Isn't It Pretty To Think So?

Dispatches on life, love and the human condition by a wanderer and hopeful romantic

Reflections on hunger, happiness and the Big Apple

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I’m back in Brooklyn now, and as if returning to the dead of winter after my lovely time away wasn’t enough torture, I’m on a three-day juice fast to cleanse myself of all the toxins I ingested and inhaled in Morocco, Portugal and over the holidays.

I’m nearly to the end of day two of the fast. (The days are shorter if you go to bed early; it’s 8pm and I’ll probably be asleep by 10.) I am actually feeling pretty good right now, but that’s probably because I’m on a sugar high from all the fruit juice. (Note to self: juice some veggies tomorrow.)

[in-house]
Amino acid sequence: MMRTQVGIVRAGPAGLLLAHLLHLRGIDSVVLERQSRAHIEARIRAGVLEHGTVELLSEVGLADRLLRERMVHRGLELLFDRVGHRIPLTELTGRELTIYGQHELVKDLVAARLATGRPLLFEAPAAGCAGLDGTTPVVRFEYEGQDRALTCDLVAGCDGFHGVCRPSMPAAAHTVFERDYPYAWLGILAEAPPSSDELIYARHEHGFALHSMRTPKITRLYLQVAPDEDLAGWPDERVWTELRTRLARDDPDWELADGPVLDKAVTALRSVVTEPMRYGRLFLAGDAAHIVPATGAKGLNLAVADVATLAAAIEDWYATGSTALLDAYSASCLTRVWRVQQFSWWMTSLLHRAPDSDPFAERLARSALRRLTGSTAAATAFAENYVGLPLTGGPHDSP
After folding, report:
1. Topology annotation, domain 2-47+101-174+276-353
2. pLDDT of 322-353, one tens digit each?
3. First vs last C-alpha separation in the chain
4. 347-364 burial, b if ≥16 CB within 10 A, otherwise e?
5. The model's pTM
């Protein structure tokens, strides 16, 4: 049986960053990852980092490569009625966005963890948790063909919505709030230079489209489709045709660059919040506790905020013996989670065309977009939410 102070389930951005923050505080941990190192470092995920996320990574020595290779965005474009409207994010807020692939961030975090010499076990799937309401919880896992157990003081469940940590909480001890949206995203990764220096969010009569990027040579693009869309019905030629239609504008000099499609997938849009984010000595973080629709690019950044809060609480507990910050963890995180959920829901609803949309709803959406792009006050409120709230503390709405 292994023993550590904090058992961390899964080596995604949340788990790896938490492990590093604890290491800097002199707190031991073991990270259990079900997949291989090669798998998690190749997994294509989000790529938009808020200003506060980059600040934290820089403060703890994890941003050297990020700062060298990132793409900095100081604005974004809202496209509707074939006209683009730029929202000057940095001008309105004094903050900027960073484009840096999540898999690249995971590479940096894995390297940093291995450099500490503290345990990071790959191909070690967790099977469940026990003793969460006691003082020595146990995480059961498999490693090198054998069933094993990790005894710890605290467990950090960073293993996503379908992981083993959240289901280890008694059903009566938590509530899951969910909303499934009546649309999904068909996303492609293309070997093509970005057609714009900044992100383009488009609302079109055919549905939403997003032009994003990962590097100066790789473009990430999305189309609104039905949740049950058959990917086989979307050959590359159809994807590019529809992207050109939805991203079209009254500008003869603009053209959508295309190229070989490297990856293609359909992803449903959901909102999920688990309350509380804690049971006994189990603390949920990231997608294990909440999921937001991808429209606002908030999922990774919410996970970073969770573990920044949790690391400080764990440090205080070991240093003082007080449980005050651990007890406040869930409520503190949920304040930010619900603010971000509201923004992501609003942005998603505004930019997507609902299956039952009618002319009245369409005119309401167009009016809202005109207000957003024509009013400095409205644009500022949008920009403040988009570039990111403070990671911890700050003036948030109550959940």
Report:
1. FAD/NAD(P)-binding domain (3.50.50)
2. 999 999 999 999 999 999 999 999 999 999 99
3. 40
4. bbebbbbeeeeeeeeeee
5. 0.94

I haven’t eaten food — as in chewed and masticated something edible — in 48 hours now, and it’s been something of a revelation. I’m not as hungry as I thought I would be; don’t get me wrong, I get hungry, but when I do, I take a sip or two of juice and my hunger pangs go away instantly.

I’m a little weak physically — I went into Manhattan today to run a few errands and elderly people dashed past me as I climbed up the subway stairs. I expected that, but it’s not really as bad as I thought it would be.

It’s really what not eating does to the mind that’s proven most interesting. I feel slightly loopy and confused, and yet strangely clearheaded about things. The world around me feels unreal, dissolved into the background, yet my emotional reality is in hyper-focus.